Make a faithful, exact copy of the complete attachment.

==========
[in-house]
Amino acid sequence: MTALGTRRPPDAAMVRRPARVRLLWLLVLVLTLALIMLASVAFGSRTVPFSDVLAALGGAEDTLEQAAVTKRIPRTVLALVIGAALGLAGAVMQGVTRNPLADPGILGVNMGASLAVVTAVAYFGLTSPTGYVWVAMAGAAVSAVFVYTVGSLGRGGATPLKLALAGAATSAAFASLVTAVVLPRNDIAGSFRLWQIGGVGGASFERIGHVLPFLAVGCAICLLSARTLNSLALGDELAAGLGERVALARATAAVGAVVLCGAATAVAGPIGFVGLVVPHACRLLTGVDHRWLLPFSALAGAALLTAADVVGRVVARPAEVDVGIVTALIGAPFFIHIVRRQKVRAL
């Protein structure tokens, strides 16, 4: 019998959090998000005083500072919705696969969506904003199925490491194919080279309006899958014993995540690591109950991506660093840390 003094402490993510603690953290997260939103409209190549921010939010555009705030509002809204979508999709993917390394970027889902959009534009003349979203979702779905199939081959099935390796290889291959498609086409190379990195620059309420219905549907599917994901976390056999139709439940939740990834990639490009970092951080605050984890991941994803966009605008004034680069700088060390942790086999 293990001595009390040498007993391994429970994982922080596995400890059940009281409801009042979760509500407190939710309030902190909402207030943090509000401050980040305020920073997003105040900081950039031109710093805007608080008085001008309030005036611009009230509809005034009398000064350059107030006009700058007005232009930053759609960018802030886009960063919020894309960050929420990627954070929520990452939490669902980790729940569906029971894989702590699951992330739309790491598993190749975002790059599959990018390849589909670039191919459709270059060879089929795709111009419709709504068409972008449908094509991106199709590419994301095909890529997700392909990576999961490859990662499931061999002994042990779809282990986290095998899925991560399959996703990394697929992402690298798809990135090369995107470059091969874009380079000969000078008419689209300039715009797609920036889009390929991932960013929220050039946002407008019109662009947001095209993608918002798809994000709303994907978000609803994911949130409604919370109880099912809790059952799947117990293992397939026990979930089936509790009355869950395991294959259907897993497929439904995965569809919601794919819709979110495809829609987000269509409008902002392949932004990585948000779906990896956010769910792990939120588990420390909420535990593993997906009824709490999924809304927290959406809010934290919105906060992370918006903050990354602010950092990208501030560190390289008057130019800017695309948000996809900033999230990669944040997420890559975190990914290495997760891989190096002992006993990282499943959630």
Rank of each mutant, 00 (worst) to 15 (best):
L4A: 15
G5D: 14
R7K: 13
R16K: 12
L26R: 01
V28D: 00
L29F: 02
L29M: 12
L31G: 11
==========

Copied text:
[in-house]
Amino acid sequence: MTALGTRRPPDAAMVRRPARVRLLWLLVLVLTLALIMLASVAFGSRTVPFSDVLAALGGAEDTLEQAAVTKRIPRTVLALVIGAALGLAGAVMQGVTRNPLADPGILGVNMGASLAVVTAVAYFGLTSPTGYVWVAMAGAAVSAVFVYTVGSLGRGGATPLKLALAGAATSAAFASLVTAVVLPRNDIAGSFRLWQIGGVGGASFERIGHVLPFLAVGCAICLLSARTLNSLALGDELAAGLGERVALARATAAVGAVVLCGAATAVAGPIGFVGLVVPHACRLLTGVDHRWLLPFSALAGAALLTAADVVGRVVARPAEVDVGIVTALIGAPFFIHIVRRQKVRAL
């Protein structure tokens, strides 16, 4: 019998959090998000005083500072919705696969969506904003199925490491194919080279309006899958014993995540690591109950991506660093840390 003094402490993510603690953290997260939103409209190549921010939010555009705030509002809204979508999709993917390394970027889902959009534009003349979203979702779905199939081959099935390796290889291959498609086409190379990195620059309420219905549907599917994901976390056999139709439940939740990834990639490009970092951080605050984890991941994803966009605008004034680069700088060390942790086999 293990001595009390040498007993391994429970994982922080596995400890059940009281409801009042979760509500407190939710309030902190909402207030943090509000401050980040305020920073997003105040900081950039031109710093805007608080008085001008309030005036611009009230509809005034009398000064350059107030006009700058007005232009930053759609960018802030886009960063919020894309960050929420990627954070929520990452939490669902980790729940569906029971894989702590699951992330739309790491598993190749975002790059599959990018390849589909670039191919459709270059060879089929795709111009419709709504068409972008449908094509991106199709590419994301095909890529997700392909990576999961490859990662499931061999002994042990779809282990986290095998899925991560399959996703990394697929992402690298798809990135090369995107470059091969874009380079000969000078008419689209300039715009797609920036889009390929991932960013929220050039946002407008019109662009947001095209993608918002798809994000709303994907978000609803994911949130409604919370109880099912809790059952799947117990293992397939026990979930089936509790009355869950395991294959259907897993497929439904995965569809919601794919819709979110495809829609987000269509409008902002392949932004990585948000779906990896956010769910792990939120588990420390909420535990593993997906009824709490999924809304927290959406809010934290919105906060992370918006903050990354602010950092990208501030560190390289008057130019800017695309948000996809900033999230990669944040997420890559975190990914290495997760891989190096002992006993990282499943959630």
Rank of each mutant, 00 (worst) to 15 (best):
L4A: 15
G5D: 14
R7K: 13
R16K: 12
L26R: 01
V28D: 00
L29F: 02
L29M: 12
L31G: 11